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Today Sponge Makes a Comeback

The contraceptive immortalized in a 'Seinfeld' episode is being sold on two Canadian Web sites.

March 05, 2003|From Associated Press

The Today Sponge contraceptive is back on the market, eight years after it disappeared from U.S. drugstore shelves in an alarming turn famously depicted on a "Seinfeld" episode.

The return of the product -- it is now available over the Internet and could be on U.S. shelves in a year or so -- is expected to lead to bulk buying, and perhaps more spontaneous romance, among its fiercely loyal users.

"I think there's just thousands of people out there waiting for it," said Marisa Dawson, a nurse in Ocoee, Fla., who is awaiting a dozen sponges she paid for in advance last spring.

Allendale Pharmaceuticals, a start-up business in New Jersey, bought rights to the Today Sponge from the drug company that discontinued it. Allendale began selling it this month through two Canadian Web sites.

More sponges, priced at the U.S. equivalent of about $2.90 each, will hit the shelves at 4,000 pharmacies, Wal-Marts and other stores across Canada, according to Allendale. The manufacturer is hoping for Food and Drug Administration approval within a year to sell them in U.S. stores.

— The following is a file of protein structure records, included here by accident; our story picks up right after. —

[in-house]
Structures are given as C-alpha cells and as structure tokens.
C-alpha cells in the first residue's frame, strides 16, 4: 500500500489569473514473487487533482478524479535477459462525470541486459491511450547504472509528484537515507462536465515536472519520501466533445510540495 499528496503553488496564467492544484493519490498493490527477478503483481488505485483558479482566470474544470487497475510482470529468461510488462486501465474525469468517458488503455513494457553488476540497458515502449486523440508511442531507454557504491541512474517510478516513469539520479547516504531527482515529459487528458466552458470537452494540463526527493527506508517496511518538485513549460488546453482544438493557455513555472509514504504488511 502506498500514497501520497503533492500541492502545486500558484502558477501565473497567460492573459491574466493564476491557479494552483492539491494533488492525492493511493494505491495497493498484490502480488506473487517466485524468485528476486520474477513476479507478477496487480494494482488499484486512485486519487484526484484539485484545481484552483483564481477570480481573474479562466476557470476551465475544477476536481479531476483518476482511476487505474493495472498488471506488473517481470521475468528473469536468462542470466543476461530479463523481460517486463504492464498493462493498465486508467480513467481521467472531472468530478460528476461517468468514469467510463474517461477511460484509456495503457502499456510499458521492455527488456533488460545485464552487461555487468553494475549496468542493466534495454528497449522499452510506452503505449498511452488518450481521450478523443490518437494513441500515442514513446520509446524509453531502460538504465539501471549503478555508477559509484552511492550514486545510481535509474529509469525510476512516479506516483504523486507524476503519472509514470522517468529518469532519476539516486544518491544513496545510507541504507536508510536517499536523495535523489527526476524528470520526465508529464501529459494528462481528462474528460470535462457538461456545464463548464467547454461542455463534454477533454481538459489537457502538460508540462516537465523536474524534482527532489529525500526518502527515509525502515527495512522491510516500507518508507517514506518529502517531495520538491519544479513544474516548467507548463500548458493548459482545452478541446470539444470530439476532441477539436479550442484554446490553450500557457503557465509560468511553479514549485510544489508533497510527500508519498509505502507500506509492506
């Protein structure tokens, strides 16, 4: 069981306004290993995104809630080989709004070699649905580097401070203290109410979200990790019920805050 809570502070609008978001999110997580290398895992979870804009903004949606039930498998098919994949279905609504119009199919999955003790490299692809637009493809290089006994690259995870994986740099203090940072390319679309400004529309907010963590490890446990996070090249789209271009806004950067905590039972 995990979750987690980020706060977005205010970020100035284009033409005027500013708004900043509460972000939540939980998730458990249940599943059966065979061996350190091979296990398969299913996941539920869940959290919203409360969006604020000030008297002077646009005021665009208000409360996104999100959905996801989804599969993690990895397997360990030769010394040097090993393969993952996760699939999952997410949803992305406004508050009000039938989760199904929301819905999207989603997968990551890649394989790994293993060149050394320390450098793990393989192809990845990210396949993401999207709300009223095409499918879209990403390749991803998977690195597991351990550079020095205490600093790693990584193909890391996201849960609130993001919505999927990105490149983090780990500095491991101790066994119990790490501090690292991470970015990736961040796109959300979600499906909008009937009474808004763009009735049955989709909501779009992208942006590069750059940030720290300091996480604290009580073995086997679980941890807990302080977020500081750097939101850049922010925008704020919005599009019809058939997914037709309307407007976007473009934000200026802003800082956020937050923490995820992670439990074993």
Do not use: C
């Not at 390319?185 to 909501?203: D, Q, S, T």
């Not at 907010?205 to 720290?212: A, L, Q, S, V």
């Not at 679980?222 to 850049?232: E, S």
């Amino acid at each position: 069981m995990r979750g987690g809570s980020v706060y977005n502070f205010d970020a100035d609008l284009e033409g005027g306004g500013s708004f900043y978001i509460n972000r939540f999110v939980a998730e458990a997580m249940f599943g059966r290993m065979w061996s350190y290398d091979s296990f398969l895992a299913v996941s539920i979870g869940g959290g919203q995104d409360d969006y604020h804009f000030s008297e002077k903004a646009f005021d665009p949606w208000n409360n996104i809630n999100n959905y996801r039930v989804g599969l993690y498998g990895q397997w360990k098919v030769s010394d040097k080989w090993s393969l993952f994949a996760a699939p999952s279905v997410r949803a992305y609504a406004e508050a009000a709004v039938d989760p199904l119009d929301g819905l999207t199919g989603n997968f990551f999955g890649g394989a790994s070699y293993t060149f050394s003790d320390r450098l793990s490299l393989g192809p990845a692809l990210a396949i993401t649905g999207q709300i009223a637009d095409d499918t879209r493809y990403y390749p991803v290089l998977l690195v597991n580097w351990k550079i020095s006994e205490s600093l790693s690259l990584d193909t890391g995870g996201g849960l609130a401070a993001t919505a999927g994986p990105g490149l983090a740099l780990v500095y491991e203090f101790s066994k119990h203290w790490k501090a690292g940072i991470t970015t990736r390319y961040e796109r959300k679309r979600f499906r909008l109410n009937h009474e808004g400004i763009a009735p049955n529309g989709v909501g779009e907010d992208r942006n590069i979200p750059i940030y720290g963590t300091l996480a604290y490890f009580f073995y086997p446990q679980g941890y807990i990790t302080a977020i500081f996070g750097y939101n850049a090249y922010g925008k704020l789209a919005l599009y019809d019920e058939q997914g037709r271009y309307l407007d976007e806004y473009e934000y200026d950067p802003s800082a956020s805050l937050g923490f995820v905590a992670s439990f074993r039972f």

About 250 million polyurethane Today Sponges were sold from 1983 to 1995.

Originally made by a pharmaceutical giant now called Wyeth, it was taken off the market in 1995 after problems were found at the company's Hammonton factory. The FDA said the sponge's safety and effectiveness were never questioned. Wyeth simply stopped selling it rather than pay to upgrade its plant.

In a 1995 "Seinfeld" episode, Elaine runs around New York seeking the sponge, her favorite method of birth control. She locates a whole case at a pharmacy, and stretches the supply by deciding whether a boyfriend is "spongeworthy." She makes her guy scrub his bathroom and pass other tests before she will have sex with him.

The episode was apparently more than a work of imagination: Plenty of real women ran from store to store, buying up all they could.

"I didn't do the 'spongeworthy' test, but I was hoarding them," Dawson said. "You want to talk about art imitating life!"

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